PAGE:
Note of clarification on Figure 1: The number of settlers in East Jerusalem has long been disputed. On 5 January 2015, Ahuva Balofsky reported in Breaking Israeli News that the Israeli Interior Ministry released data showing that 389,250 Jews living in the West Bank and another 375,000 live in East Jerusalem. These numbers are plotted for 2014 in Figure 1 and they suggest a substantial acceleration in East Jerusalem settlements. The total numbers for 2014 are roughly consistent with the total released in May 2014 by the Israel’s Construction and Housing Minister Uri Ariel, who said the Jewish population in East Jerusalem was somewhere between 300,000 and 350,0000 and the number of settlers in the West Bank was about 400,000. Ariel went on to predict that in five years that latter number would increase to as much as 600,000. So, while there is no doubt that the rate of settlement is accelerating, Figure 1 may exaggerate the appearance of the recent acceleration, because earlier levels for East Jerusalem may have been understated.
The red areas in the map on the right side of Figure 1 depict the settlement locations in the West Bank. The three areas delineated in the Oslo accords are distinguished by color:
Area A – brown: the Palestinian Authority (PA) is assigned control of security and administration (except with Israel makes periodic incursions to fight people it deems to be terrorists).
Area B – tan: Israeli control of security; PA control of administration
Area C – blue: Complete Israeli control. Area C comprises 60% of the land area of the West Bank and 80% of the water in the aquifers under the West Bank (more below).
At least seven points are worth noting with regard to Figure 1: (1) The rate of settlement growth accelerated after the 1979 US-brokered Camp David Agreement. Camp David not only removed Egypt from the Arab-Israeli Conflict but also resulted in Egypt’s complicity in the maintenance of the Gaza blockade. (2) The US brokered Oslo Accords (triggered by the 1st Intifada) and its US-brokered successors (e.g., the now-forgotten roadmap for peace, triggered by the 2nd Intifada) had no effect on the rate of settler growth in the Occupied Territories. (3) Notwithstanding soaring rhetoric of President Obama’s Cairo speech and his tepid criticisms of Israel’s settlement program, the rate of settler growth accelerated again after President Obama and Prime Minister Netanyahu took office, especially in East Jerusalem, but also in the Area C.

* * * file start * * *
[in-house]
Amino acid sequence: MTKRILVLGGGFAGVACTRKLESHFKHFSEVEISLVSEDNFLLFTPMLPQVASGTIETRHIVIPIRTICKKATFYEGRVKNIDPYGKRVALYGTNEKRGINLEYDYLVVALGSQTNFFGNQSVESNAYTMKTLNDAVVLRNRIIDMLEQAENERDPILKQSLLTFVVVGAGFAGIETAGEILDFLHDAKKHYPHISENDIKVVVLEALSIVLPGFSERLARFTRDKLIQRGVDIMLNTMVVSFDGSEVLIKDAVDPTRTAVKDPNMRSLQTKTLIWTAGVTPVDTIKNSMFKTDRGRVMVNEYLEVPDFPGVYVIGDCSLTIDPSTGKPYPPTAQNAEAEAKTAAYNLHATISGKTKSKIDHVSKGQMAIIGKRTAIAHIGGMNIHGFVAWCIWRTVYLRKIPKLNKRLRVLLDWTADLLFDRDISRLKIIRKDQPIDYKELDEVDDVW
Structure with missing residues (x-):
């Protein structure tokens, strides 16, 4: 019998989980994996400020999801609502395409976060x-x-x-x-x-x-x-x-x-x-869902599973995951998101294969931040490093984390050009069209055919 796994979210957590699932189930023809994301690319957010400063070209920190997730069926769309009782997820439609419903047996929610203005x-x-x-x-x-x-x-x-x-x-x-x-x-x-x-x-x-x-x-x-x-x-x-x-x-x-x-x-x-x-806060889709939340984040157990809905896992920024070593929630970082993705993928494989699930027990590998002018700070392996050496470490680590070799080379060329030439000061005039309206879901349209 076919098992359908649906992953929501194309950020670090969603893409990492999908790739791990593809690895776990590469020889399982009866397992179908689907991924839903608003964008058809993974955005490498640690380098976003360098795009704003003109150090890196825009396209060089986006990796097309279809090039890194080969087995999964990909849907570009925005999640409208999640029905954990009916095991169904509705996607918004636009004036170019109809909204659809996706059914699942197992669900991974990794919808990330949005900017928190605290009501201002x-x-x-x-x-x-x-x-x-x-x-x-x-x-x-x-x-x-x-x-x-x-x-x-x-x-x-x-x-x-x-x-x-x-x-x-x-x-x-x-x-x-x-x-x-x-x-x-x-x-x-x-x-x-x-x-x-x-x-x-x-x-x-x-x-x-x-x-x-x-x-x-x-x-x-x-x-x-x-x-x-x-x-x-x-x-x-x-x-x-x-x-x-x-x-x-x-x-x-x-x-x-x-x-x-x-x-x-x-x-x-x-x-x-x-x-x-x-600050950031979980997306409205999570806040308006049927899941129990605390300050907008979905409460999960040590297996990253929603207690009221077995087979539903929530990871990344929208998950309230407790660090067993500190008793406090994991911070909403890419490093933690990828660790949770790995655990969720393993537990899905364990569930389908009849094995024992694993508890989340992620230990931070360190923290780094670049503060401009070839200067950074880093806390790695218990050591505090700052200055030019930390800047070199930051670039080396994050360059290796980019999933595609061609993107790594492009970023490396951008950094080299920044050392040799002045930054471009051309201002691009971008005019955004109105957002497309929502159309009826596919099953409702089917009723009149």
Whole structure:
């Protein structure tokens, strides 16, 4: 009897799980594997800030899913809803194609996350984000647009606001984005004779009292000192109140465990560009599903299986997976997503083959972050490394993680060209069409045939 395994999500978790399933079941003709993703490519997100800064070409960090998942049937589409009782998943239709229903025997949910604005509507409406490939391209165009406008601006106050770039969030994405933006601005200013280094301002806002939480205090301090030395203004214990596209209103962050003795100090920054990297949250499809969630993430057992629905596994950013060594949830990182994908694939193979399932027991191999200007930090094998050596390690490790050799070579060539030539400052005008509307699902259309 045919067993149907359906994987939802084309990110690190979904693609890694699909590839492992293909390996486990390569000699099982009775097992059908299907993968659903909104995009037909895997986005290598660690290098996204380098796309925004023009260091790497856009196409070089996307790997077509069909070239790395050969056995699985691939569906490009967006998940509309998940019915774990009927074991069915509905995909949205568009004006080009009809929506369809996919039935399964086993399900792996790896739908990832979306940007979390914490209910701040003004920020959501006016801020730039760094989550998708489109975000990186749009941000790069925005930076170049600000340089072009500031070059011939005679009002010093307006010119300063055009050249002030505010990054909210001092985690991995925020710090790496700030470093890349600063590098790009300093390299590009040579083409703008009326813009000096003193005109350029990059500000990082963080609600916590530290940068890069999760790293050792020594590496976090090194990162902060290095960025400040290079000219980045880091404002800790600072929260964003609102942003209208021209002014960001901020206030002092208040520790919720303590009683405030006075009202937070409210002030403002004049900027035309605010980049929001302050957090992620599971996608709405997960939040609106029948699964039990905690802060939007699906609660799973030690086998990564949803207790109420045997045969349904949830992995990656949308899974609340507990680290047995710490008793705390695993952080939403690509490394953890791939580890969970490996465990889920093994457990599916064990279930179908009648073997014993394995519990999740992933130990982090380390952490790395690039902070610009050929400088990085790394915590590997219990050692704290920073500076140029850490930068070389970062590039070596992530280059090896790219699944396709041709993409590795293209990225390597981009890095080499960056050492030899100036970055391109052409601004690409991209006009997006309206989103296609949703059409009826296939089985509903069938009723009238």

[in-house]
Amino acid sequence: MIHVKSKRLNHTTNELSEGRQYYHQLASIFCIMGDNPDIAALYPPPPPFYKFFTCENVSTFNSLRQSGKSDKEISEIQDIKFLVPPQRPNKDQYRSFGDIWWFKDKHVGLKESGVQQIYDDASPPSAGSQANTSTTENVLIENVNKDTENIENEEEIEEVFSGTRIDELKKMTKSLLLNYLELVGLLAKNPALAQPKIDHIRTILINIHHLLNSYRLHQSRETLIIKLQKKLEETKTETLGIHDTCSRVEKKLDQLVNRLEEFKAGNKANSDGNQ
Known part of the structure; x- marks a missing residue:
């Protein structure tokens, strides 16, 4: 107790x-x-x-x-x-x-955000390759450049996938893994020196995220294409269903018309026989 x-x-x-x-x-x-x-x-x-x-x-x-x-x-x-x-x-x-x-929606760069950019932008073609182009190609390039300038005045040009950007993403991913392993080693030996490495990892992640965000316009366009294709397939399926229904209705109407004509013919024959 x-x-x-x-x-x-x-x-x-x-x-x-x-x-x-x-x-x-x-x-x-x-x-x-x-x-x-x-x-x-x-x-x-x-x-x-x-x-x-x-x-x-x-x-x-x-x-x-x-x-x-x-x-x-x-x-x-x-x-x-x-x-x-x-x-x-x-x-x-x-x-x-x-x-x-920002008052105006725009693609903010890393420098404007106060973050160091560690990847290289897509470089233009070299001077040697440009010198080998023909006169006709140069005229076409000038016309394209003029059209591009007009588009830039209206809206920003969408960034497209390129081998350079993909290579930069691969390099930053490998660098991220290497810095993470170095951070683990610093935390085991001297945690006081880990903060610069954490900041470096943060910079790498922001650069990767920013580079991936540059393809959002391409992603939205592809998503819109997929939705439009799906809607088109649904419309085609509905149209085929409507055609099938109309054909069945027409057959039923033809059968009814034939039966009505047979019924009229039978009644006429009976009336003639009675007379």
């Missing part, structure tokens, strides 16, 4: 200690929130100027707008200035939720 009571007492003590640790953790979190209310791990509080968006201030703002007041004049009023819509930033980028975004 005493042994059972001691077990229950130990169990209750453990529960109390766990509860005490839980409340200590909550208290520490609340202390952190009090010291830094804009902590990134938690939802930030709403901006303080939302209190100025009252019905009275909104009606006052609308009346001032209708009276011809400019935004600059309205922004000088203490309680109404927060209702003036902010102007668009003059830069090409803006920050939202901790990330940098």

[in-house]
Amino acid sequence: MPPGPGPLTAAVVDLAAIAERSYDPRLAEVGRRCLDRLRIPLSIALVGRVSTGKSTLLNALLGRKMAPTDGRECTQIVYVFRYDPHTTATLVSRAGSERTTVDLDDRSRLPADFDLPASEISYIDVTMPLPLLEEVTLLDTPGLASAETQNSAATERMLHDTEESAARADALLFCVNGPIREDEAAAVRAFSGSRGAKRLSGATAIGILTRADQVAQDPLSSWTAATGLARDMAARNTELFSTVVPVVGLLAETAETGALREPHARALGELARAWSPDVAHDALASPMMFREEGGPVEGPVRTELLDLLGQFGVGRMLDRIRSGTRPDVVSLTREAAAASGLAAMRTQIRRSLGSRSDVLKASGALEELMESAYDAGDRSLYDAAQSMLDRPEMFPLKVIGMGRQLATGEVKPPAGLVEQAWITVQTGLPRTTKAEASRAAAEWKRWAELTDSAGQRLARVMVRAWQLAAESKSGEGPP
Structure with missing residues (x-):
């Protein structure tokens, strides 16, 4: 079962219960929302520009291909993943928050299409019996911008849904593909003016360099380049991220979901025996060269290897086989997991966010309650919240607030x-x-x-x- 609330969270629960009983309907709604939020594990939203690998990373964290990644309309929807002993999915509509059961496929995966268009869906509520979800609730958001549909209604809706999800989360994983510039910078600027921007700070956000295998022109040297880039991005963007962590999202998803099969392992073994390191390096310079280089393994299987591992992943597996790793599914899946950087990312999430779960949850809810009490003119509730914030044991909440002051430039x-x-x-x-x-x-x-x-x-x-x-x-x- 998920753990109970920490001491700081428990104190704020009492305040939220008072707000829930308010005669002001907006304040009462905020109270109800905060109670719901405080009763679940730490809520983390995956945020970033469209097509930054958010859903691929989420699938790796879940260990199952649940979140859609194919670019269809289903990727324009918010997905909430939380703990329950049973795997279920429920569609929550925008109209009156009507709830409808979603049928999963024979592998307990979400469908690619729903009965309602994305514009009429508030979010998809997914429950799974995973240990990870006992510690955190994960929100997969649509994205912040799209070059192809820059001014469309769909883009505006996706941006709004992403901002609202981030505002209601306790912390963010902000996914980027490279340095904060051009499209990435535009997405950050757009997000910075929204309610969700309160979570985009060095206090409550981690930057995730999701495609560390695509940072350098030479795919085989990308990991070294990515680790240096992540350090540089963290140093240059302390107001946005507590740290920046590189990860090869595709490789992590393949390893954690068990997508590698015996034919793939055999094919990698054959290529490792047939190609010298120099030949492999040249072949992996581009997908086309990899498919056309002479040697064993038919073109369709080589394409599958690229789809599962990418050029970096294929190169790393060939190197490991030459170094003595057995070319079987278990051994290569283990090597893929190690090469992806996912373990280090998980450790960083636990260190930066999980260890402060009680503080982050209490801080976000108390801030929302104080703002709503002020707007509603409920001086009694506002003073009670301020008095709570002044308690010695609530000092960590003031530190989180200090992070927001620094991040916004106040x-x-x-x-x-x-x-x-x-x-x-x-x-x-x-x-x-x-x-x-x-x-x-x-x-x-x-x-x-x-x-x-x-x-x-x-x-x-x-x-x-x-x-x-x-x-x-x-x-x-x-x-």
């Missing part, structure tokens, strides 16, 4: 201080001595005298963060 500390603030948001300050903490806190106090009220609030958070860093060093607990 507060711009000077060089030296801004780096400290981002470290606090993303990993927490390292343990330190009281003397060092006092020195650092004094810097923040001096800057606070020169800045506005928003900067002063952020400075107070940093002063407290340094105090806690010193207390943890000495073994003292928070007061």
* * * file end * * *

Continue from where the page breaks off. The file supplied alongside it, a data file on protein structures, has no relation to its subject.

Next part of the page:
Turning to the right side of the figure: (4) The vast majority of Palestinians now live in Areas A & B (many having migrated into these areas from Area C) and are divided up into separated cantons surrounded by Area C. (5) Israeli settlements, a network of Israeli-only access roads connecting the settlements (not shown) and a system of Palestinian check points controlling entry and exit at the canton boundaries carve up the cantons into disconnected bits and pieces. (7) Moreover, with the exception of isolated Jericho canton just north of the Dead Sea, all the Palestinian areas are well west of the Jordan border with a network of settlements and the Israeli only access roads as well the Dead Sea separating the Palestinians from the Jordan, the nearest Arab state. In short, the Palestinian “entity” is cutoff and surrounded by Israel. And that central fact, dear reader, is why Figure 1 is an exemplar how the Yadin strategy fits the occupation like a hand fits a glove.